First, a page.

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How the iPhone 5S replaced my Fitbit

Now that the Fitbit iOS app can track my steps using the iPhone's built-in M7 chip, I've stopped carrying my Fitbit Ultra. And that's a warning sign for the emerging wearables category.

Fitbit Ultra and iPhone 5S
I've stopped carrying my Fitbit, now that the Fitbit app can track my steps using the iPhone 5S's built-in motion tracker. Sarah Tew/CNET

I haven't charged my Fitbit Ultra in over three weeks. And I doubt I ever will again.

Ever since I bought an iPhone 5S, I've kept an eye on how the embedded M7 motion coprocessor chip, which can track and store motion information, would be used. It wasn't clear when the iPhone 5S was launched exactly how the M7's data would be available, but after a few months, fitness apps like the Nike+ Move have started adding support for basic step-counting functionality.

While I started tracking my steps with both my Fitbit and Nike's app at first, the clincher for me was when the Fitbit app for iOS was updated at the end of 2013, allowing the standard Fitbit app to track steps using the iPhone 5S's internal hardware. Now I could get nearly the same activity tracking using just my phone, in the same interface that I was comfortable with, and it was clear there was no reason to carry and charge a second device.

Another device replaced by the 'good enough' smart phone
The fitness tracker wouldn't be the first device replaced by smartphones. Point-and-shoot cameras are the obvious example, but smartphones have largely taken the place of several other dedicated devices, like portable audio players (read: iPods), standalone GPS devices, and basic voice recorders.

As for just how good the M7 chip is at tracking your motion, Kelly Hodgkins at TUAW did some excellent testing comparing the iPhone 5S' performance as a fitness tracker with that of the Fitbit Force and Jawbone Up24. The results showed the iPhone 5S to offer very comparable performance for exercise sessions, but it did considerably worse at tracking day-to-day activity.

However, Kelly attributes much of the iPhone 5S' performance shortcomings to the fact that she found herself not carrying her phone for many daily activities. Since my phone is nearly always in my pocket, I expect performance should be much better; at least good enough to give basic feedback on those days when I'm not moving as much as I should.

An e-mail from Fitbit
Fitbit sent me an e-mail encouraging me to buy a dedicated activity tracker shortly after switching to my iPhone 5S for counting steps in the Fitbit app. Fitbit

After I told the Fitbit app to start tracking my activities with my iPhone 5S, the company promptly sent me an e-mail nudging me to upgrade to a full fitness tracker. And it's true: Fitbit's dedicated trackers have some advantages, such as also tracking your sleep patterns, the minutes you're "active," and the number of floors climbed. But the iPhone 5S' basic activity tracking is "good enough" for me -- especially since I felt the Fitbit's sleep tracking never worked all that well -- and I appreciate the chance to eliminate another device from my pocket.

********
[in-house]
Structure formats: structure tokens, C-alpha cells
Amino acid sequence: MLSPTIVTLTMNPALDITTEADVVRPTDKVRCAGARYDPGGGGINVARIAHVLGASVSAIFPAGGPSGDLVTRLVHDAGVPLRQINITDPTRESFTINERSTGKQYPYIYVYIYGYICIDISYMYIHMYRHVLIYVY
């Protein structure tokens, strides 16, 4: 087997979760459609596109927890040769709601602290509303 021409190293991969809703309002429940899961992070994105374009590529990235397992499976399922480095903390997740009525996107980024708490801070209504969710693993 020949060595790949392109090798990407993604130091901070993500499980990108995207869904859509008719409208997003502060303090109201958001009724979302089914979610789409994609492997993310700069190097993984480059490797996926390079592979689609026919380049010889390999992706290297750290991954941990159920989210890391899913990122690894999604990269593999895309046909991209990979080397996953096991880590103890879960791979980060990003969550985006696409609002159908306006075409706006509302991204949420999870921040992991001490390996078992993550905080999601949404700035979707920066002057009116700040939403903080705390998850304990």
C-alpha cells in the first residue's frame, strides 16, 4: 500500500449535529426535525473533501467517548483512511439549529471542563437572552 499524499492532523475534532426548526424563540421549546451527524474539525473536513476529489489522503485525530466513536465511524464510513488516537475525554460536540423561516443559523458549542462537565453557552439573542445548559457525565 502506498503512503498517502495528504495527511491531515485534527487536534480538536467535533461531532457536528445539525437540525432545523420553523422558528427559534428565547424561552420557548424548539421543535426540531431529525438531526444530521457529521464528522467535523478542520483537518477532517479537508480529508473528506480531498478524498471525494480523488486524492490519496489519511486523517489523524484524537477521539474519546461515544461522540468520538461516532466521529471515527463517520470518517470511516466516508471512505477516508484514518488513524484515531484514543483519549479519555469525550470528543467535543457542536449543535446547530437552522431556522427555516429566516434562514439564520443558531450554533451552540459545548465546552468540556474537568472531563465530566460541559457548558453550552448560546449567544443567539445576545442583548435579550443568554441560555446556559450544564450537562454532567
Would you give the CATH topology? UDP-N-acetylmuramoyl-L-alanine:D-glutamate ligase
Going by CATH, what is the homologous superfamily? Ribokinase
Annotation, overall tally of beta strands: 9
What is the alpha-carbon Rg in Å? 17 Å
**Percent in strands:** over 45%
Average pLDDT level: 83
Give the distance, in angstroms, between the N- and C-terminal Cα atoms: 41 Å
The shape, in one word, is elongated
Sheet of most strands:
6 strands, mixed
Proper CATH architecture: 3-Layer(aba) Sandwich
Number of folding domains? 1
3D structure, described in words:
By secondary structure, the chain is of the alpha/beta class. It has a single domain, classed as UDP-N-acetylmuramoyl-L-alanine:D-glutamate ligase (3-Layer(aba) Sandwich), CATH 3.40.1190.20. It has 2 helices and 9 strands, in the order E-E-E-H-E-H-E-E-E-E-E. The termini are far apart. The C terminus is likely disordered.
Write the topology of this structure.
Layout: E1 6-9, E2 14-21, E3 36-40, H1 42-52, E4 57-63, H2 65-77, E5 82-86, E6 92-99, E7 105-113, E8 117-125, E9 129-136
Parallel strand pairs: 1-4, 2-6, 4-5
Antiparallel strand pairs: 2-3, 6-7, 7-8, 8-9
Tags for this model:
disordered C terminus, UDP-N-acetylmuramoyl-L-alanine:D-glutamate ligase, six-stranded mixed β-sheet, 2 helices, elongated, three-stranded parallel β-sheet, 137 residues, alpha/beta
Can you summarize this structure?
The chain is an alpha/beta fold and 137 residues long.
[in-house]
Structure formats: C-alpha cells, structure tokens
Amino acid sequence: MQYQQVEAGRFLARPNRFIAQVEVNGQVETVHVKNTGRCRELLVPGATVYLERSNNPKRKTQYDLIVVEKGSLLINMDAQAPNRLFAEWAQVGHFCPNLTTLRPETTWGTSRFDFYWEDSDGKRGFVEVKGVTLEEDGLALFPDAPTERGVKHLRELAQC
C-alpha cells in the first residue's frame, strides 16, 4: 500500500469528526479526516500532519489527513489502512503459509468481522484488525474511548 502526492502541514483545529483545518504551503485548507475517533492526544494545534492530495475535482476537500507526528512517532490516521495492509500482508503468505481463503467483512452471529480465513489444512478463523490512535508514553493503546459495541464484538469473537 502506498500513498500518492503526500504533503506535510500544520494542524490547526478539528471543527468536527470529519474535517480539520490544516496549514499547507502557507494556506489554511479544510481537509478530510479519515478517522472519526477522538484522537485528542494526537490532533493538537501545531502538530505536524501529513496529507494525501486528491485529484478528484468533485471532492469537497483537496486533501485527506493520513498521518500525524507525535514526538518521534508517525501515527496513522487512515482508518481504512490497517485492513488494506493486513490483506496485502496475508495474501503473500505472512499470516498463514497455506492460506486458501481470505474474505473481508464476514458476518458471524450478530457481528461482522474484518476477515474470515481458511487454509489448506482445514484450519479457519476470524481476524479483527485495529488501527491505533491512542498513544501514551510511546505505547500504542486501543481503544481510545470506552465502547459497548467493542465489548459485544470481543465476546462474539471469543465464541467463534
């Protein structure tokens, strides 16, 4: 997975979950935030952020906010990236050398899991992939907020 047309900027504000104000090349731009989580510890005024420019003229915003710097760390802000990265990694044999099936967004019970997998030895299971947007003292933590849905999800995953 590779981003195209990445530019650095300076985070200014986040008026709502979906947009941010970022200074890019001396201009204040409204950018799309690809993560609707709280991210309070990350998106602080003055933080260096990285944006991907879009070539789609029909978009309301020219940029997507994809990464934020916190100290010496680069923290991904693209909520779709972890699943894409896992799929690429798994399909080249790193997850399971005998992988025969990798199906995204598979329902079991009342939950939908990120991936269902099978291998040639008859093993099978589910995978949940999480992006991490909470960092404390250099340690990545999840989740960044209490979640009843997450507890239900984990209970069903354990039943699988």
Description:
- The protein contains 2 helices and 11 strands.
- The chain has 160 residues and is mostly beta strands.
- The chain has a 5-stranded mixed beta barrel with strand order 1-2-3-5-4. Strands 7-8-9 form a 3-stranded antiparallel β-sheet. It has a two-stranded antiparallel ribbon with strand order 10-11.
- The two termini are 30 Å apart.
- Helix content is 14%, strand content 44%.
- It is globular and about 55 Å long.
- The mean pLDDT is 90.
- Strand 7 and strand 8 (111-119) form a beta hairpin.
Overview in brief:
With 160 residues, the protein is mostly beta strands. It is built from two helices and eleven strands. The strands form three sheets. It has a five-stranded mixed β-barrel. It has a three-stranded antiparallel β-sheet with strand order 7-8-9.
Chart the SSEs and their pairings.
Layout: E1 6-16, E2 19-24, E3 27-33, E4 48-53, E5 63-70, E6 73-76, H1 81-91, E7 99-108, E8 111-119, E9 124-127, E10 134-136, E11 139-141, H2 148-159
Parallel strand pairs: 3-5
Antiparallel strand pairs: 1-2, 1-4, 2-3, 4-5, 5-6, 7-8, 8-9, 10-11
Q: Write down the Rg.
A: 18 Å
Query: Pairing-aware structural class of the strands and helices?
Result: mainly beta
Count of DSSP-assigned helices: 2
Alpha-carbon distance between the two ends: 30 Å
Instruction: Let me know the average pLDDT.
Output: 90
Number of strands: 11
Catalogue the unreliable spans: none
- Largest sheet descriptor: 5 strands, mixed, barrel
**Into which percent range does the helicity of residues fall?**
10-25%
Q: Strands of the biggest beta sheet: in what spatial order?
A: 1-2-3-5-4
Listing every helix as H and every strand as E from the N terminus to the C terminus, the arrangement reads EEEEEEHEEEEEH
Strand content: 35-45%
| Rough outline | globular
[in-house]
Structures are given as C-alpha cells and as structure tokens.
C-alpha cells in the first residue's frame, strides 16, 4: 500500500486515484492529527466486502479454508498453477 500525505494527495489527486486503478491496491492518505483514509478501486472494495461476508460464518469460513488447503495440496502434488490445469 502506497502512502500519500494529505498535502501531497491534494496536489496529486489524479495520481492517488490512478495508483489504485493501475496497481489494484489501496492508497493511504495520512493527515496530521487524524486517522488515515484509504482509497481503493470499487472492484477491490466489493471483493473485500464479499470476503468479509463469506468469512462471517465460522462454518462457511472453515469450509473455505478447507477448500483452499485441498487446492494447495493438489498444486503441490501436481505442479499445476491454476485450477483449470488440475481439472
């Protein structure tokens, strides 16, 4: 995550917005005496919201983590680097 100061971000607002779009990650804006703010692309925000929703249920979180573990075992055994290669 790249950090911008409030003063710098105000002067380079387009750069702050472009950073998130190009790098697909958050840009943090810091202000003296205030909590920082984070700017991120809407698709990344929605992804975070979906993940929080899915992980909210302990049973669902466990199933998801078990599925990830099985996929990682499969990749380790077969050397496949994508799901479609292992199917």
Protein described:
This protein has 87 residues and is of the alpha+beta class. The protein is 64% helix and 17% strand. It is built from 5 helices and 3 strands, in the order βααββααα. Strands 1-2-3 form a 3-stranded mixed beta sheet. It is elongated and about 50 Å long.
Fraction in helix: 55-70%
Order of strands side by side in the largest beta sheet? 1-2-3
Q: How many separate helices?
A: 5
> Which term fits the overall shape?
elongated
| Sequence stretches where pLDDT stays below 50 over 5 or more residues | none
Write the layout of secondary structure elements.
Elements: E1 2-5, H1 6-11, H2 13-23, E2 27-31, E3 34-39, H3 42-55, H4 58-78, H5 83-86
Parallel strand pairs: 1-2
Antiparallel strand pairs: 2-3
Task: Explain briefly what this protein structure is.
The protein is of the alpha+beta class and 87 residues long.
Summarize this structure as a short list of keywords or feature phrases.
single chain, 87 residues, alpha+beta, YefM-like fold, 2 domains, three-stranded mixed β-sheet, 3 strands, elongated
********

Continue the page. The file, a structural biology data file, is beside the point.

What does this mean for the future of wearables?
My experience feels like a warning sign for the emerging wearables market. For many people, the iPhone 5S' basic activity tracking will hit the crucial "good enough" level, and it won't be long before activity tracking becomes a standard feature on smartphones. (The Samsung Galaxy S4 also does activity tracking.) I'm not sure that wearables that just track your activity have much of a future.

Garmin Forerunner 220
There's still a place for high-end activity trackers, like the Garmin Forerunner 220 GPS watch. Garmin

But that doesn't mean wearables and fitness trackers will be completely replaced. In fact, I just recently purchased the Garmin Forerunner 220 GPS watch, because I like the more detailed data for running and don't like wearing a bulky smartphone on an armband. (I also found that my Fitbit was much less accurate than my older Garmin Forerunner 305 watch for tracking running.) For the wearables category, that means dedicated devices will need to move beyond simple step-counting and offer more advanced functionality that matters, just as high-end digital cameras continue to flourish, even while most people move to taking photos with smartphones.

And for Fitbit, the company is smart to open up its app to the iPhone 5S' M7 processor, even if it means I probably won't buy another of its activity trackers. It keeps me as a "Fitbit user," and the company offers a premium software subscription for $50 per year if you want more detailed data and goal-setting features. Better for Fitbit to evolve to become a more software-focused company than to react too slowly to the changing market and end up going the way of Kodak.

Update, 12:45 p.m. PT: This story has been updated to clarify that activity tracking is available on other smartphones, such as the Samsung Galaxy S4.